Vinyl Toluene is used as a monomer in the plastics and surface-coating industries. Toxicology and carcinogenesis studies were conducted by exposing groups of F344/N rats and B6C3F1 mice of each sex to vinyl toluene (mixed isomers: 65%-71% meta and 32%-35% para) by inhalation 6 hours per day, 5 days per week, for 15 days, 13 weeks, or 2 years. Genetic toxicology studies were conducted in Salmonella typhimurium, mouse L5178Y cells, and Chinese hamster ovary (CHO) cells.
Rats were exposed to 0, 200, 400, 800, or 1,300 ppm vinyl toluene, and mice were exposed to 0, 10, 25, 50, 100, or 200 ppm. All rats lived to the end of the studies. The mean body weights at necropsy of rats exposed to 400-1,300 ppm were 13%-19% lower than that of controls for males and 9%-13% lower for females. Most male rats exposed to 1,300 ppm had centrilobular necrosis and focal inflammatory cell infiltration of the liver, whereas minimal centrilobular vacuolization of the liver was seen in all female rats exposed to 1,300 ppm. Dysplasia of the bronchial epithelial lining, chronic bronchitis, and lymphoid hyperplasia of the lung were observed in all rats exposed to 1,300 ppm.
Three of five male mice exposed to 200 ppm vinyl toluene died before the end of the studies. Four of five male mice exposed to 200 ppm had moderate-to-severe hepatocellular necrosis; all female mice exposed to 200 ppm had hyperplasia of the epithelium of the intrapulmonary bronchi and centrilobular necrosis, vacuolization, and inflammatory cell infiltrates in the liver.
Rats were exposed to 0, 25, 60, 160, 400, or 1,000 ppm vinyl toluene. All rats lived to the end of the studies. The final mean body weights of rats exposed to 400-1,000 ppm were 8%-19% lower than that of controls for males and 6%-12% lower for females. Relative liver weights for rats at 1,000 ppm were significantly greater than those for controls. The severity of nephropathy was increased in male rats exposed to 160, 400, or 1,000 ppm. Compound-related lesions were not observed in female rats.
Mice were exposed to 0, 10, 25, 60, or 160 ppm vinyl toluene. The final mean body weights of mice exposed to 25-160 ppm were 12%-20% lower than that of controls for males and 13%-16% lower for females. Inflammation of the lung was observed in 5/10 male and 3/9 female mice exposed to 160 ppm. Metaplasia of the nasal turbinates was seen in all exposed groups.
Based on these results, 2-year studies were conducted by exposing groups of 49 or 50 rats of each sex to 0, 100, or 300 ppm vinyl toluene by inhalation, 6 hours per day, 5 days per week for 103 weeks. Groups of 50 mice of each sex were exposed to 0, 10, or 25 ppm on the same schedule.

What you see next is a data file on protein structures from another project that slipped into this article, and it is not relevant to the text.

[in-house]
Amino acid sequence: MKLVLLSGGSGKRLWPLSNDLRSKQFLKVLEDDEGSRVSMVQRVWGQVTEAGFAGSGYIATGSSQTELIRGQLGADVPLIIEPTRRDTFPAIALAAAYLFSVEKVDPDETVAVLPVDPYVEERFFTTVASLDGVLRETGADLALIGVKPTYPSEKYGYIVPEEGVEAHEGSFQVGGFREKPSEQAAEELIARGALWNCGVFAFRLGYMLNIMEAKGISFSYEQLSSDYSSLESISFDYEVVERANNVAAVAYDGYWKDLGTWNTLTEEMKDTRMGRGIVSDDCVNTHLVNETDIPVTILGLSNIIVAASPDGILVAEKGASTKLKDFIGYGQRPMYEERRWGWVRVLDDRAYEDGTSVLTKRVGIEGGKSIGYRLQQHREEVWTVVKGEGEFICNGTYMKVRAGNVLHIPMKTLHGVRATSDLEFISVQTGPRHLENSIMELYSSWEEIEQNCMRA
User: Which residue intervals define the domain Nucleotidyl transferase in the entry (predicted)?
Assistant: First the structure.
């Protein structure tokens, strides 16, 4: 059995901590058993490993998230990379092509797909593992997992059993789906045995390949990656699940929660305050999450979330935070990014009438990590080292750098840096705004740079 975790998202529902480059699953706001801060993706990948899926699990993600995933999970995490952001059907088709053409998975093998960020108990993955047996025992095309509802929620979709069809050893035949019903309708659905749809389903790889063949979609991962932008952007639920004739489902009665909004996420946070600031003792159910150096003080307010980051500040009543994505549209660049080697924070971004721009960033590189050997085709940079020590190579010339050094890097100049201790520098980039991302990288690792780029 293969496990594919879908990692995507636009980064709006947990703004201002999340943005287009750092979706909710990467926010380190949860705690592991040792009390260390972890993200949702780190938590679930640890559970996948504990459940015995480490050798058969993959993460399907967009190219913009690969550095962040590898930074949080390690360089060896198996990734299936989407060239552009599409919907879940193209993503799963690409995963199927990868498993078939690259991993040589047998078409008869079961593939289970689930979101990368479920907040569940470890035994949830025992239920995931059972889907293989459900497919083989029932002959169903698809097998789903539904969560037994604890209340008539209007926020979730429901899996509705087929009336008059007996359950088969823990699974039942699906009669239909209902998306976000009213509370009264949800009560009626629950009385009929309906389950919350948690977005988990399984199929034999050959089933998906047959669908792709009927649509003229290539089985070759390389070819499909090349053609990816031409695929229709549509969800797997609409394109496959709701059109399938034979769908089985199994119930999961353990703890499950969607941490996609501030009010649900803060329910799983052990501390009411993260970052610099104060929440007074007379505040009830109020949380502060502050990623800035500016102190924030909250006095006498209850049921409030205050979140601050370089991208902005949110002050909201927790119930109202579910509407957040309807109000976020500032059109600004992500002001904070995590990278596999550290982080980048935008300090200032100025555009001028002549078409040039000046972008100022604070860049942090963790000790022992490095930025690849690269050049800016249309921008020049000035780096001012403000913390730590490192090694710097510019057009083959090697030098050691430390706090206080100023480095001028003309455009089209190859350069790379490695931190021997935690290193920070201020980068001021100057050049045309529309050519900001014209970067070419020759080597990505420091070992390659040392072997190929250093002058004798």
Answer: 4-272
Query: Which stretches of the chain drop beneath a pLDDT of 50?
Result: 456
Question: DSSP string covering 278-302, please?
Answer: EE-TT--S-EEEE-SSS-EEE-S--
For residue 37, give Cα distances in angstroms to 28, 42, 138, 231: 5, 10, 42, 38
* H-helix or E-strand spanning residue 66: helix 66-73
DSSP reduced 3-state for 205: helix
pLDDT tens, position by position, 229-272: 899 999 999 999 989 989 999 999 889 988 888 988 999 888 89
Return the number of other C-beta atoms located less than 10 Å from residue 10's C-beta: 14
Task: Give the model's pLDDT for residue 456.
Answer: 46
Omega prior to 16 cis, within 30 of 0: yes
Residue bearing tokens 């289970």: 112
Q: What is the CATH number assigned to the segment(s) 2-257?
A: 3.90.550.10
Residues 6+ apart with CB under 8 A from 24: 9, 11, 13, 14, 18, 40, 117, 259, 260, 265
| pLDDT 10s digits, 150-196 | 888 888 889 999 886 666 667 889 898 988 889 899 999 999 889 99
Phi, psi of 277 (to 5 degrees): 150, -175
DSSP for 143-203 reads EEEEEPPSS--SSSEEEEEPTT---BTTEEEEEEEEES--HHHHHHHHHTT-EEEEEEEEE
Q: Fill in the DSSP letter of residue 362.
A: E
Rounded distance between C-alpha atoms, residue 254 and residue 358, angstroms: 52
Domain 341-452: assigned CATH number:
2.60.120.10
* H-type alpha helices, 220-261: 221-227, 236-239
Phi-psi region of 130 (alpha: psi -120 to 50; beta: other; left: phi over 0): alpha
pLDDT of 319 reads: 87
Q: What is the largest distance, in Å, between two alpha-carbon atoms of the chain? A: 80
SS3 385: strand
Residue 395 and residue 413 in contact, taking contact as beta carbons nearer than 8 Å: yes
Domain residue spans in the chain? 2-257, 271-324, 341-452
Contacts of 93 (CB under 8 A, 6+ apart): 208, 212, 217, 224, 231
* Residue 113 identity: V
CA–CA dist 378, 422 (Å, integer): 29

Body weights and survival
Mean body weights of male rats exposed to 300 ppm vinyl toluene and those of female rats exposed to 100 and 300 ppm were generally 4%-11% lower than those of controls. No significant differences in survival were seen between any groups of rats of either sex (male: control, 19/49; low dose, 17/50; high dose, 19/50; female: 31/50; 28/50; 26/50). Mean body weights of mice exposed to 25 ppm were 10%-23% lower than those of controls after week 8, whereas mice exposed to 10 ppm showed a weight decrement that was generally less than 10%. The survival of male mice exposed to 25 ppm was significantly greater than that of controls. No other significant differences in survival were seen between any groups of mice of either sex (male: 33/50; 30/50; 41/50; female: 36/50; 37/50; 34/50).
Nonneoplastic and neoplastic effects
Degenerative and nonneoplastic proliferative lesions of the nasal mucosa were observed at increased incidences in exposed rats. These lesions included diffuse hyperplasia (goblet cell) of the respiratory epithelium with intraepithelial mucous cysts and focal erosion of the olfactory epithelium with cystic dilation (cysts) of the Bowman's glands. Focal respiratory epithelial metaplasia of the olfactory epithelium was seen in some exposed males, and cells with homogeneous eosinophilic cytoplasm in the olfactory epithelium occurred at increased incidences in exposed female rats. Neoplasms of the nasal mucosa were not seen in male or female rats.
There were no chemically related increases in neoplasm incidence in exposed male or female rats.
Degenerative and inflammatory lesions of the nasal mucosa were observed at increased incidences in exposed mice. These lesions included focal chronic active inflammation and diffuse hyperplasia of the respiratory epithelium. Chronic active inflammation of the bronchioles occurred in many exposed mice but not in controls. Neoplasms of the nasal passage were not observed in mice.
There were no chemically related increases in neoplasm incidence in exposed male or female mice. Exposure-related decreased incidences included alveolar/bronchiolar neoplasms (control, 12/50; 10 ppm, 5/49; 25 ppm, 2/49) and malignant lymphomas (7/50; 3/50; 0/50) in males and hepatocellular neoplasms (9/48; 5/16; 2/49) in females.
Vinyl toluene did not induce gene mutations in S. typhimurium strains TA98, TA100, TA1535, or TA1537 with or without exogenous metabolic activation (S9). Vinyl toluene was positive in the mouse lymphoma assay for induction of trifluorothymidine resistance in L5178Y/TK cells in the absence of S9; it was not tested with S9. Vinyl toluene did not induce sister chromatid exchanges or chromosomal aberrations in CHO cells with or without S9.
Under the conditions of these 2-year inhalation studies, there was no evidence of carcinogenic activity for male or female F344/N rats exposed to 100 or 300 ppm vinyl toluene and no evidence of carcinogenic activity for male or female B6C3F1 mice exposed to 10 or 25 ppm.
There was evidence of chemical-related toxicity to the nasal passage in both rats and mice.